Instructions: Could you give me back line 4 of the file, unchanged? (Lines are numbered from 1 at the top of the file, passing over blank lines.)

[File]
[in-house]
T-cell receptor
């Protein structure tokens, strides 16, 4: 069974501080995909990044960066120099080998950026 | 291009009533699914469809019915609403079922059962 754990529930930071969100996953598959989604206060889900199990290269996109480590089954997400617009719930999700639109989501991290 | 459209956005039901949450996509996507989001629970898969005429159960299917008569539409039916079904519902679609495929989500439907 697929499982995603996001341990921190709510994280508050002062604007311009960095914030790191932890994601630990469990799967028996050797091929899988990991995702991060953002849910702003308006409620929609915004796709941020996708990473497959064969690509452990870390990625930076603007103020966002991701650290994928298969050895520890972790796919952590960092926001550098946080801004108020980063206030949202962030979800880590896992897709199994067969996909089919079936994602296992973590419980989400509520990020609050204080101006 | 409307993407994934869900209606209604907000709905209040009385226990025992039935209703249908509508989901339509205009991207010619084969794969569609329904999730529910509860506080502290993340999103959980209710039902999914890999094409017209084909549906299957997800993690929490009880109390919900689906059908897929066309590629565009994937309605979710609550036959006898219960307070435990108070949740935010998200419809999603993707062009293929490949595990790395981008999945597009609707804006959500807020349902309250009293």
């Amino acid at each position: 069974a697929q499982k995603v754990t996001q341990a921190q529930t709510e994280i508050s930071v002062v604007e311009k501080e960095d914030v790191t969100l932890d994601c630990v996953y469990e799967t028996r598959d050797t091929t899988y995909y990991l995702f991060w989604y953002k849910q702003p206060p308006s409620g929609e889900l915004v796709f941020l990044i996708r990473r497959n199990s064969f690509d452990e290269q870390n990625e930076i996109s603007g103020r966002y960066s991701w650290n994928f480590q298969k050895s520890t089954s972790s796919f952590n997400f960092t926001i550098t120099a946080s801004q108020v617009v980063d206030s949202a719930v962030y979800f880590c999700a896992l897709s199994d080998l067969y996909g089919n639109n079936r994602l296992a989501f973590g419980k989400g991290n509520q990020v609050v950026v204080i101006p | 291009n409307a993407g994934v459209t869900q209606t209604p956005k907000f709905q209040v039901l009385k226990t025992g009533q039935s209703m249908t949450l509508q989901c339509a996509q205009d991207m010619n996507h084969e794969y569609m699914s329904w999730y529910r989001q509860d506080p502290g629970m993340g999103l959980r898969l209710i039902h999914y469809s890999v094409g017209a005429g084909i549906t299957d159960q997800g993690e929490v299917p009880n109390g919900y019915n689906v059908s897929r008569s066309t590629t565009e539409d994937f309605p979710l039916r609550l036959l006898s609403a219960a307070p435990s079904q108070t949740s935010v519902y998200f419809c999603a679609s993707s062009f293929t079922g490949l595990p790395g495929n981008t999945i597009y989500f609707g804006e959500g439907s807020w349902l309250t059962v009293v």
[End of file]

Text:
């Amino acid at each position: 069974a697929q499982k995603v754990t996001q341990a921190q529930t709510e994280i508050s930071v002062v604007e311009k501080e960095d914030v790191t969100l932890d994601c630990v996953y469990e799967t028996r598959d050797t091929t899988y995909y990991l995702f991060w989604y953002k849910q702003p206060p308006s409620g929609e889900l915004v796709f941020l990044i996708r990473r497959n199990s064969f690509d452990e290269q870390n990625e930076i996109s603007g103020r966002y960066s991701w650290n994928f480590q298969k050895s520890t089954s972790s796919f952590n997400f960092t926001i550098t120099a946080s801004q108020v617009v980063d206030s949202a719930v962030y979800f880590c999700a896992l897709s199994d080998l067969y996909g089919n639109n079936r994602l296992a989501f973590g419980k989400g991290n509520q990020v609050v950026v204080i101006p | 291009n409307a993407g994934v459209t869900q209606t209604p956005k907000f709905q209040v039901l009385k226990t025992g009533q039935s209703m249908t949450l509508q989901c339509a996509q205009d991207m010619n996507h084969e794969y569609m699914s329904w999730y529910r989001q509860d506080p502290g629970m993340g999103l959980r898969l209710i039902h999914y469809s890999v094409g017209a005429g084909i549906t299957d159960q997800g993690e929490v299917p009880n109390g919900y019915n689906v059908s897929r008569s066309t590629t565009e539409d994937f309605p979710l039916r609550l036959l006898s609403a219960a307070p435990s079904q108070t949740s935010v519902y998200f419809c999603a679609s993707s062009f293929t079922g490949l595990p790395g495929n981008t999945i597009y989500f609707g804006e959500g439907s807020w349902l309250t059962v009293v």